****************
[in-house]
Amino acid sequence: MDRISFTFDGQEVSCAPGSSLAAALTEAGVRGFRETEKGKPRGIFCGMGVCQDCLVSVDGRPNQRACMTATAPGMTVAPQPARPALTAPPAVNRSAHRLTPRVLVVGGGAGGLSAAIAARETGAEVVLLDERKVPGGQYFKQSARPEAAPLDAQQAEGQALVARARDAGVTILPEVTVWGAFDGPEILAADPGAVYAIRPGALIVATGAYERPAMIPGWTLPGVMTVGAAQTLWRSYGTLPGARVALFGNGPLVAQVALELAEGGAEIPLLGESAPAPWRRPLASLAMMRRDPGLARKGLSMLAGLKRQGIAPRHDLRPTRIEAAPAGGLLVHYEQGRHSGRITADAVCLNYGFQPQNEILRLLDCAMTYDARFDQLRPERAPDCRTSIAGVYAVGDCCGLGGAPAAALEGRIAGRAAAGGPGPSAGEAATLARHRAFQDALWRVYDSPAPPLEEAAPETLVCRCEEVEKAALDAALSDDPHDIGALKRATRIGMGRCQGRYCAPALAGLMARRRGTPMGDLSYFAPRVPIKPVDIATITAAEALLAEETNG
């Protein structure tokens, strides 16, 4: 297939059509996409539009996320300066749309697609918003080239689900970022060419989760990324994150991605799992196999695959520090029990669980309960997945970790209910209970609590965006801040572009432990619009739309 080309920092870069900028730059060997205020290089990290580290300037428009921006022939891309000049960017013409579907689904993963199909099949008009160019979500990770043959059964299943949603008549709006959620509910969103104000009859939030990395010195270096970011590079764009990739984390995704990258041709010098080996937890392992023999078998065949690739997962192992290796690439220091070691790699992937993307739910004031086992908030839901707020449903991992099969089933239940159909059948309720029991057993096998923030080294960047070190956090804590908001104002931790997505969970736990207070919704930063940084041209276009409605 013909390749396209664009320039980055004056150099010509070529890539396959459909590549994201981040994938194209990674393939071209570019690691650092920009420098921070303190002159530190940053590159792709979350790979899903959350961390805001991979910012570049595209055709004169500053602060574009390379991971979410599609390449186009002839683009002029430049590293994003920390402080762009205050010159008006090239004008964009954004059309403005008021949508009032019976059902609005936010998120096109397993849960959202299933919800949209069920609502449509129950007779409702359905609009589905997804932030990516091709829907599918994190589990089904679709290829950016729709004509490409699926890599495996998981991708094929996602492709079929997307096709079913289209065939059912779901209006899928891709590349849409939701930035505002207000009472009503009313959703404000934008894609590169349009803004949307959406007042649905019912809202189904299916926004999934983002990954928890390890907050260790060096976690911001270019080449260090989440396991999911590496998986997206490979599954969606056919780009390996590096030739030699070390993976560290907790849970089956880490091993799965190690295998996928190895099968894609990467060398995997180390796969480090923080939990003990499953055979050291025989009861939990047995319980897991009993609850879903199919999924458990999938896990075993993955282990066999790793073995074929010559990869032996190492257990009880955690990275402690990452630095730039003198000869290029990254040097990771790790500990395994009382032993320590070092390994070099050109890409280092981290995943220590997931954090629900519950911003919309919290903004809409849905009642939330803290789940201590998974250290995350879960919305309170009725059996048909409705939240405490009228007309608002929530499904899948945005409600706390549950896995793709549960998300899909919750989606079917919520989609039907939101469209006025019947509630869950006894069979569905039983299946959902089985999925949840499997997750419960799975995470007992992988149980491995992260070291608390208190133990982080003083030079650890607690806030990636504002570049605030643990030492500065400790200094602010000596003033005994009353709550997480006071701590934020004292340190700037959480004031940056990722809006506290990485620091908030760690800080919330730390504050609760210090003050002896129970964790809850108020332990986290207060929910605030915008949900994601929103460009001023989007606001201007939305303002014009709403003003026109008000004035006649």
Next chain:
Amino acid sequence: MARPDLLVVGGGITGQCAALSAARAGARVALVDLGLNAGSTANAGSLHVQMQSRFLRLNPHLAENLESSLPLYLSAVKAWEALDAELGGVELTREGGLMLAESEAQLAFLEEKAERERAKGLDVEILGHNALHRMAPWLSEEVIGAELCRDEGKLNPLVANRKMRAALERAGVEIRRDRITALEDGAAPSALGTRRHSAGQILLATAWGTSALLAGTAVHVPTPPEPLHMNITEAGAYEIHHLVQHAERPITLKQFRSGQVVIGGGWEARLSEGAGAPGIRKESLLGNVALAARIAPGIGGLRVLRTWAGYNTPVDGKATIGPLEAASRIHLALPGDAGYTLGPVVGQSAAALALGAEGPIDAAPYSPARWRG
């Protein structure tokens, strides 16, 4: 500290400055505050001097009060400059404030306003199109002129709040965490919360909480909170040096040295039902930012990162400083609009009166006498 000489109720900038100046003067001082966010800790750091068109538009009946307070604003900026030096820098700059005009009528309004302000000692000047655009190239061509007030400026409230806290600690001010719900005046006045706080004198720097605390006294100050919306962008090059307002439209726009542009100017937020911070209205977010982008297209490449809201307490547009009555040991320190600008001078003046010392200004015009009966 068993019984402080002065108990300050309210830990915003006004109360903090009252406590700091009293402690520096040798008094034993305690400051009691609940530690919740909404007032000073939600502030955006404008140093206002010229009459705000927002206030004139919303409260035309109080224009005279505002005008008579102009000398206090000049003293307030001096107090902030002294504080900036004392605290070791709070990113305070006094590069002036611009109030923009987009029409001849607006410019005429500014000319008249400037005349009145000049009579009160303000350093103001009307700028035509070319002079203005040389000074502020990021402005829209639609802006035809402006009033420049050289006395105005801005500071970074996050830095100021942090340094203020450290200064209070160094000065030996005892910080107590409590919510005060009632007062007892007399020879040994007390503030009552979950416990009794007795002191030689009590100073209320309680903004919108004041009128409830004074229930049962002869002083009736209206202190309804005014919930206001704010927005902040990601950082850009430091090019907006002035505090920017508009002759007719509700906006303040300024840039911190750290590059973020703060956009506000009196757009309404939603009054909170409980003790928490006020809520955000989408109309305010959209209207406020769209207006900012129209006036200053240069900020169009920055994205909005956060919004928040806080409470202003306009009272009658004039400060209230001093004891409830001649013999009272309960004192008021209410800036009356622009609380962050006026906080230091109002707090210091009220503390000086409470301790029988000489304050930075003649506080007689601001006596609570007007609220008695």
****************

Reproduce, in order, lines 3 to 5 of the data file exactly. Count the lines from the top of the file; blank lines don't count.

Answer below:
């Protein structure tokens, strides 16, 4: 297939059509996409539009996320300066749309697609918003080239689900970022060419989760990324994150991605799992196999695959520090029990669980309960997945970790209910209970609590965006801040572009432990619009739309 080309920092870069900028730059060997205020290089990290580290300037428009921006022939891309000049960017013409579907689904993963199909099949008009160019979500990770043959059964299943949603008549709006959620509910969103104000009859939030990395010195270096970011590079764009990739984390995704990258041709010098080996937890392992023999078998065949690739997962192992290796690439220091070691790699992937993307739910004031086992908030839901707020449903991992099969089933239940159909059948309720029991057993096998923030080294960047070190956090804590908001104002931790997505969970736990207070919704930063940084041209276009409605 013909390749396209664009320039980055004056150099010509070529890539396959459909590549994201981040994938194209990674393939071209570019690691650092920009420098921070303190002159530190940053590159792709979350790979899903959350961390805001991979910012570049595209055709004169500053602060574009390379991971979410599609390449186009002839683009002029430049590293994003920390402080762009205050010159008006090239004008964009954004059309403005008021949508009032019976059902609005936010998120096109397993849960959202299933919800949209069920609502449509129950007779409702359905609009589905997804932030990516091709829907599918994190589990089904679709290829950016729709004509490409699926890599495996998981991708094929996602492709079929997307096709079913289209065939059912779901209006899928891709590349849409939701930035505002207000009472009503009313959703404000934008894609590169349009803004949307959406007042649905019912809202189904299916926004999934983002990954928890390890907050260790060096976690911001270019080449260090989440396991999911590496998986997206490979599954969606056919780009390996590096030739030699070390993976560290907790849970089956880490091993799965190690295998996928190895099968894609990467060398995997180390796969480090923080939990003990499953055979050291025989009861939990047995319980897991009993609850879903199919999924458990999938896990075993993955282990066999790793073995074929010559990869032996190492257990009880955690990275402690990452630095730039003198000869290029990254040097990771790790500990395994009382032993320590070092390994070099050109890409280092981290995943220590997931954090629900519950911003919309919290903004809409849905009642939330803290789940201590998974250290995350879960919305309170009725059996048909409705939240405490009228007309608002929530499904899948945005409600706390549950896995793709549960998300899909919750989606079917919520989609039907939101469209006025019947509630869950006894069979569905039983299946959902089985999925949840499997997750419960799975995470007992992988149980491995992260070291608390208190133990982080003083030079650890607690806030990636504002570049605030643990030492500065400790200094602010000596003033005994009353709550997480006071701590934020004292340190700037959480004031940056990722809006506290990485620091908030760690800080919330730390504050609760210090003050002896129970964790809850108020332990986290207060929910605030915008949900994601929103460009001023989007606001201007939305303002014009709403003003026109008000004035006649």
Next chain:
Amino acid sequence: MARPDLLVVGGGITGQCAALSAARAGARVALVDLGLNAGSTANAGSLHVQMQSRFLRLNPHLAENLESSLPLYLSAVKAWEALDAELGGVELTREGGLMLAESEAQLAFLEEKAERERAKGLDVEILGHNALHRMAPWLSEEVIGAELCRDEGKLNPLVANRKMRAALERAGVEIRRDRITALEDGAAPSALGTRRHSAGQILLATAWGTSALLAGTAVHVPTPPEPLHMNITEAGAYEIHHLVQHAERPITLKQFRSGQVVIGGGWEARLSEGAGAPGIRKESLLGNVALAARIAPGIGGLRVLRTWAGYNTPVDGKATIGPLEAASRIHLALPGDAGYTLGPVVGQSAAALALGAEGPIDAAPYSPARWRG